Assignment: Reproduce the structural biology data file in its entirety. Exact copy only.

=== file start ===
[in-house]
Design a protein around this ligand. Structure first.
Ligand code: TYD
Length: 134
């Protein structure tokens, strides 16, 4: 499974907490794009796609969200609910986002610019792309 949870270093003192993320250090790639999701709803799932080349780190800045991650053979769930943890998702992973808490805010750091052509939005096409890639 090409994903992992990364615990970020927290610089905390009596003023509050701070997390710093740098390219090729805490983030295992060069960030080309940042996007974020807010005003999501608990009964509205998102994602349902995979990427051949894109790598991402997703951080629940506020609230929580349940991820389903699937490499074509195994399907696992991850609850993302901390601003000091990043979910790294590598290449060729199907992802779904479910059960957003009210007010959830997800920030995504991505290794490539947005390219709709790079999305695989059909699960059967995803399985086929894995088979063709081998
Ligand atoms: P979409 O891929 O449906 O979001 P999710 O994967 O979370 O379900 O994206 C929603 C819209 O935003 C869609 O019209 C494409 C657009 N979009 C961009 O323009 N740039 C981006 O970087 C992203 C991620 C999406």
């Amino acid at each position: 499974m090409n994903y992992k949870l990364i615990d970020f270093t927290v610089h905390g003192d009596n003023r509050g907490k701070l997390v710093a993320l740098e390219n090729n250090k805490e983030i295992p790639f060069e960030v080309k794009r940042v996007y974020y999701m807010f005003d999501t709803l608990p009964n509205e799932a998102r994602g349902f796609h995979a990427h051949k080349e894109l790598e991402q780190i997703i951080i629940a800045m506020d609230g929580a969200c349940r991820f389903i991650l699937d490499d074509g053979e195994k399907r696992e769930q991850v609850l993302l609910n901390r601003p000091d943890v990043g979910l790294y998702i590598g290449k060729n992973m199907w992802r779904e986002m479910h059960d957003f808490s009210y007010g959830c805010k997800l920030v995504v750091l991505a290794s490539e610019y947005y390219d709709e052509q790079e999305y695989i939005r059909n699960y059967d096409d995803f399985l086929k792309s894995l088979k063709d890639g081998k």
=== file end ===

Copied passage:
[in-house]
Design a protein around this ligand. Structure first.
Ligand code: TYD
Length: 134
């Protein structure tokens, strides 16, 4: 499974907490794009796609969200609910986002610019792309 949870270093003192993320250090790639999701709803799932080349780190800045991650053979769930943890998702992973808490805010750091052509939005096409890639 090409994903992992990364615990970020927290610089905390009596003023509050701070997390710093740098390219090729805490983030295992060069960030080309940042996007974020807010005003999501608990009964509205998102994602349902995979990427051949894109790598991402997703951080629940506020609230929580349940991820389903699937490499074509195994399907696992991850609850993302901390601003000091990043979910790294590598290449060729199907992802779904479910059960957003009210007010959830997800920030995504991505290794490539947005390219709709790079999305695989059909699960059967995803399985086929894995088979063709081998
Ligand atoms: P979409 O891929 O449906 O979001 P999710 O994967 O979370 O379900 O994206 C929603 C819209 O935003 C869609 O019209 C494409 C657009 N979009 C961009 O323009 N740039 C981006 O970087 C992203 C991620 C999406």
């Amino acid at each position: 499974m090409n994903y992992k949870l990364i615990d970020f270093t927290v610089h905390g003192d009596n003023r509050g907490k701070l997390v710093a993320l740098e390219n090729n250090k805490e983030i295992p790639f060069e960030v080309k794009r940042v996007y974020y999701m807010f005003d999501t709803l608990p009964n509205e799932a998102r994602g349902f796609h995979a990427h051949k080349e894109l790598e991402q780190i997703i951080i629940a800045m506020d609230g929580a969200c349940r991820f389903i991650l699937d490499d074509g053979e195994k399907r696992e769930q991850v609850l993302l609910n901390r601003p000091d943890v990043g979910l790294y998702i590598g290449k060729n992973m199907w992802r779904e986002m479910h059960d957003f808490s009210y007010g959830c805010k997800l920030v995504v750091l991505a290794s490539e610019y947005y390219d709709e052509q790079e999305y695989i939005r059909n699960y059967d096409d995803f399985l086929k792309s894995l088979k063709d890639g081998k």